Research from the National Restaurant Association shows that more than one-quarter of American adults will celebrate Mother’s Day by dining out, and nearly one in 10 will rely on restaurant takeout or delivery for their special Mother’s Day meal. Overall, the NRA projects that 80 million American adults will enjoy restaurant meals on Mother’s Day.
With some planning and forethought for Mother’s Day, restaurateurs can leverage this holiday and engage some new, regular clients.
When customers dine out at a restaurant on Mother’s Day, they're giving the restaurateur a chance to impress both them and their guests on what they consider to be an important meal out.
Following are some tips to make the most out of the holiday for the guest and the restaurant operator:
Open early. To accommodate extra volume on Mother's Day, some restaurants open an hour and a half earlier, for example at 9:30 a.m. instead of 11.
Try to avoid long wait times. It's a special day and guests want to get right to the fun, not wait around while others finish theirs. If you take reservations, be careful not to overbook. You will get some walk-ins, and you want to give them every reason to celebrate at your restaurant for many years to come.
Keep the quality high without killing your kitchen staff. Many operators say it is important that guests be able to order off the menu, rather than a buffet, which makes the experience less special. To that end, consider offering a slightly abbreviated menu to facilitate increased business.
Remember it’s Mother’s Day. Keep in mind the basic reason why your guests are dining out. In planning the menu, bear in mind that the goal for Mother’s Day is to provide a variety of dishes that will satisfy three generations of diners: some of whom who lean toward brunch items and others who favor lunch.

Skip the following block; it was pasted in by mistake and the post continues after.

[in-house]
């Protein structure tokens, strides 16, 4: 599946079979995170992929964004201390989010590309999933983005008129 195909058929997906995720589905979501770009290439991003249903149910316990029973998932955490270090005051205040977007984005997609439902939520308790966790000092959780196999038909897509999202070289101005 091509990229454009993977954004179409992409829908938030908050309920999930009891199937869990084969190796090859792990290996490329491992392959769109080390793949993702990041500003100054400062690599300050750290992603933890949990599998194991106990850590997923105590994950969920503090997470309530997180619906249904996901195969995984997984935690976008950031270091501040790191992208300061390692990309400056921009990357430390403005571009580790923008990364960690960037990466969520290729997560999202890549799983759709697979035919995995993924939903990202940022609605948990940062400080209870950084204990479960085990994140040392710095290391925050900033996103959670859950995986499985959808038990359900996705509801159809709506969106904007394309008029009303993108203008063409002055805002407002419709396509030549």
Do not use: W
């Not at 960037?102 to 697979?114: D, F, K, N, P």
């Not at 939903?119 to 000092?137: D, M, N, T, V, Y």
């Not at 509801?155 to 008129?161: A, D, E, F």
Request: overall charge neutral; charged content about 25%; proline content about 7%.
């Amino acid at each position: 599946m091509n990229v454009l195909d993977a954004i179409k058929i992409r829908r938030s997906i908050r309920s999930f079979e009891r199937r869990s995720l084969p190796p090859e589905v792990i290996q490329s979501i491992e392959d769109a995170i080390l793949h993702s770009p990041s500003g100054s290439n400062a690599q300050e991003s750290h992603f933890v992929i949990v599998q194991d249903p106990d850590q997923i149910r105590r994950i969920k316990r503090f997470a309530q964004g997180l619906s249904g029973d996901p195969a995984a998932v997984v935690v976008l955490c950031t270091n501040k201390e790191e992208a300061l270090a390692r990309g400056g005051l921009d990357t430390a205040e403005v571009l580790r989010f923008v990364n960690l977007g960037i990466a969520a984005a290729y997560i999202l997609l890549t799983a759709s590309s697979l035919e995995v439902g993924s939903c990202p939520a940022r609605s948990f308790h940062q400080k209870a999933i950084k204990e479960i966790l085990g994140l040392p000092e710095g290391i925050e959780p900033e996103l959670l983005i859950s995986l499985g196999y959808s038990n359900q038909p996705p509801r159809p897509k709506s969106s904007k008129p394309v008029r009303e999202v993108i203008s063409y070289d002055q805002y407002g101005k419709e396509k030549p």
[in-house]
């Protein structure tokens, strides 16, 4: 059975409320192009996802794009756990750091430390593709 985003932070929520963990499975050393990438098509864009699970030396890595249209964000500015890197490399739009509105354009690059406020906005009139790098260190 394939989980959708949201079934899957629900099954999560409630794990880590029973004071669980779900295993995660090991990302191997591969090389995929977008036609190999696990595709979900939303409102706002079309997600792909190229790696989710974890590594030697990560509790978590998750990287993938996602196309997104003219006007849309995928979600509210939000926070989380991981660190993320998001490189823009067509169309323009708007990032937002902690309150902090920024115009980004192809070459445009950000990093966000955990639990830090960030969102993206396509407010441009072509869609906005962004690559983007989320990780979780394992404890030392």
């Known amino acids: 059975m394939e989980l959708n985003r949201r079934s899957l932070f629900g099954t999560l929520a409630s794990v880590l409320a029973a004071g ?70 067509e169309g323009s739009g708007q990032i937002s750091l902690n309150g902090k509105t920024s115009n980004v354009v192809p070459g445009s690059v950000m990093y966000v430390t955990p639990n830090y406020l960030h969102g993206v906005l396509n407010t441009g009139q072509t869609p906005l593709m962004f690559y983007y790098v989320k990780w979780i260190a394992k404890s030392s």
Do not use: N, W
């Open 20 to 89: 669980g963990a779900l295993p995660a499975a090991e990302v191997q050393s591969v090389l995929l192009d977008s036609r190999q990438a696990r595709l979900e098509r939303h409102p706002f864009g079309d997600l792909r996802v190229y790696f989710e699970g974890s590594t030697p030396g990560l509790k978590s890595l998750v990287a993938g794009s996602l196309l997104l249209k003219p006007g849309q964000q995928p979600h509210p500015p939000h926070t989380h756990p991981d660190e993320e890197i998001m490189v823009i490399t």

Make it profitable. Mother's Day is largely a one-shot opportunity. With a minimum of tables being turned, every seat must be profitable. To that end, some operators will offer a special à la carte Mother's Day brunch menu. With hotels in town offering a Mother's Day Buffet deal, and with children being discounted or even fed for free, there may not be an advantage to getting into a pricing war with them. Instead, offer a menu that features plenty of variety and something for everyone that meets high standards.
If Mom is happy, everyone is happy. Consider offering all mothers a free dessert.
Track your numbers. Make sure that hard-earned lessons are not forgotten and are put to good use in the future. Knowing your numbers ‑ from covers to food to linens to staff, in both the front- and back-of-the-house ‑ can make the difference in maximizing profits and the customers' enjoyment of the day.
This article is presented courtesy of RestaurantOwner.com, a source of operational and business resources for independent restaurant operators.